BY DR EMILY BALDWIN
Posted: 16 April, 2009
A flare of matter blasting out from a monster black hole is outshining even the core of its host galaxy, M87.
The outburst is emanating from a localised blob of matter – known as HST-1 – embedded in a jet of hot gas spewing out of the supermassive black hole. “The plasma jet is like a flowing river that has white water at several locations,” describes Juan Madrid of McMaster University in Hamilton, who lead the Hubble observations of HST-1. “These sites of white water are called knots. Charged particles in the jet (mostly electrons) are accelerated in these knots, sometimes through shocks, instead of flowing smoothly. This acceleration makes the charged particles radiate photons away.”
These images taken in ultraviolet light by Hubble reveal the brightening of a jet of gas blasting from the core of the gigantic elliptical galaxy M87 over a period of seven years. The core of M87 is located at lower left in the images. HST-1 is the bright blob at centre. The glowing material at far right is part of a stream of particles in the jet that speed up and glow in the ultraviolet. Image: NASA, ESA, and J. Madrid (McMaster University).
The gas knot is located 214 light years from the galaxy’s core, and over the last seven years, telescopes such as the Hubble Space Telescope and Chandra X-Ray Observatory have seen the glowing knot brighten, fade, and now brighten again, causing astronomers to scratch their heads.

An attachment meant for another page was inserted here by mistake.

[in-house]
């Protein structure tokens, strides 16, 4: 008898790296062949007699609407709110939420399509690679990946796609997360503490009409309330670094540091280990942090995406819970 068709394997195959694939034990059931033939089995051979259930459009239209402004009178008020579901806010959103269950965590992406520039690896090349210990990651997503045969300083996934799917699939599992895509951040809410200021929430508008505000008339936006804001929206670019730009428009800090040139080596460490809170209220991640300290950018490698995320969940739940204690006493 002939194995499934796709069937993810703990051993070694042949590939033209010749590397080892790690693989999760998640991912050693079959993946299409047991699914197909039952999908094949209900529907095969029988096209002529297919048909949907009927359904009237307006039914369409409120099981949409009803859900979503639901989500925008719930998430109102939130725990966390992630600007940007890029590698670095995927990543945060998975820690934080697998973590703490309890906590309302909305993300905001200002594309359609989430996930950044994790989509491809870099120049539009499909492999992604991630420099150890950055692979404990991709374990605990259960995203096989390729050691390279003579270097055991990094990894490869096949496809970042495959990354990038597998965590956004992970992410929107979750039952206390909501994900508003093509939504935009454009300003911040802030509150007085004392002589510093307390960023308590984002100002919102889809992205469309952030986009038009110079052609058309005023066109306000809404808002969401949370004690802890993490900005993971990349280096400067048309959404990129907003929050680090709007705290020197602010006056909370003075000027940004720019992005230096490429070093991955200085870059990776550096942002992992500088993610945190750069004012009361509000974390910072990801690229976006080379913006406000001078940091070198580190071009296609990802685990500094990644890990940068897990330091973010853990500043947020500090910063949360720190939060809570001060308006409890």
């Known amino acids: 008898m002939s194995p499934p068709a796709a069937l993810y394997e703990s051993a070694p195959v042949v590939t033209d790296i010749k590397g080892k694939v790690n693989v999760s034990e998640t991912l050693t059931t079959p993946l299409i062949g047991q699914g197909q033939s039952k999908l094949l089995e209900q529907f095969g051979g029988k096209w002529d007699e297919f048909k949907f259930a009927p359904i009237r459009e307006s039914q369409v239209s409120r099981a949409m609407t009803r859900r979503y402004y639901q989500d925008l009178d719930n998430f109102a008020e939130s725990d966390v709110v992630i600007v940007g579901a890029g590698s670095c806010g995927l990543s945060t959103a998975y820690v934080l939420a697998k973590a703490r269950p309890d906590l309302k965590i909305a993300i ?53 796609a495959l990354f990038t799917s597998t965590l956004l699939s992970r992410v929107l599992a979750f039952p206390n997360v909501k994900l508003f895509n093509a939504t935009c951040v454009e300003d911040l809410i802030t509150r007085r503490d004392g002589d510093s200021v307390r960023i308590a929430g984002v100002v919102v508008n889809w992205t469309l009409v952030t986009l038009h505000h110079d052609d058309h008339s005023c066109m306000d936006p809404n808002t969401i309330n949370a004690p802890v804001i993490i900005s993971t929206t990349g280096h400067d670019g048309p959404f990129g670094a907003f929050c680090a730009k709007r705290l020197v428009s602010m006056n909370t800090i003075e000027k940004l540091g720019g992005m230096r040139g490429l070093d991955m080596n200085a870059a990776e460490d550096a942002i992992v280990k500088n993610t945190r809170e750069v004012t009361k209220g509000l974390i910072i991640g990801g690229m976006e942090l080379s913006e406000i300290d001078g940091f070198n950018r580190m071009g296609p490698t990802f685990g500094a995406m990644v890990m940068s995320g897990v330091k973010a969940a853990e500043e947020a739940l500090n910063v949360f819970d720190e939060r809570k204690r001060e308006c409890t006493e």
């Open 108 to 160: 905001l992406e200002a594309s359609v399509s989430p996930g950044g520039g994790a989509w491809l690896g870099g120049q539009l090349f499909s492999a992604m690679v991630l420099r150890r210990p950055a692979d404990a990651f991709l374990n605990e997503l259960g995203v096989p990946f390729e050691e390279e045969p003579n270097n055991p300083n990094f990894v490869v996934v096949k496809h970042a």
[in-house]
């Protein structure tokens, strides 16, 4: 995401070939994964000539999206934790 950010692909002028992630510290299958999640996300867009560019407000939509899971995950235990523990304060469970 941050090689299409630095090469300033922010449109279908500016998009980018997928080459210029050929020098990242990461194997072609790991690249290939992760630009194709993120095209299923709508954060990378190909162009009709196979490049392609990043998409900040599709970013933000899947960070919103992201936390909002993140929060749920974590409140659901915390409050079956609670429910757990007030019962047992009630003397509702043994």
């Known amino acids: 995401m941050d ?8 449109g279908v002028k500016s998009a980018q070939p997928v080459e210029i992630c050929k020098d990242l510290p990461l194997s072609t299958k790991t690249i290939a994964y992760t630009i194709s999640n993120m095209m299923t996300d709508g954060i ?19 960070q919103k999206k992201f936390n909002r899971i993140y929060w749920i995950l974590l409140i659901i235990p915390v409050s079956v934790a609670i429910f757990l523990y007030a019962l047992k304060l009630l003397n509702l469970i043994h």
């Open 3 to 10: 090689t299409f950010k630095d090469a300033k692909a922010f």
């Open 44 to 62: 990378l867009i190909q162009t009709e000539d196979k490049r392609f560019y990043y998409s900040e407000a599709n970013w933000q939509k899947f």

“I did not expect the jet in M87 or any other jet powered by accretion onto a black hole to increase in brightness in the way that this jet does,” says Madrid. “It grew 90 times brighter than normal. But the question is, does this happen to every single jet or active nucleus, or are we seeing some odd behavior from M87?”
Two hypothesis compete for the explanation of this flare.
Noticeable brightening first began between 1999 and 2001, continuing through to 2005 when it became 90 times brighter than the first observations. After May 2005 the flare began to fade, but it intensified again in November 2006, although the second outburst was fainter than the first.
Madrid hopes that future observations of HST-1 will reveal the cause of the mysterious activity. “We hope the observations will yield some theories that will give us some good explanations as to the mechanism that is causing the flaring,” he says. “Astronomers would like to know if this is an intrinsic instability of the jet when it ploughs its way out of the galaxy, or if it is something else.”
The study’s results are published in the April 2009 issue of The
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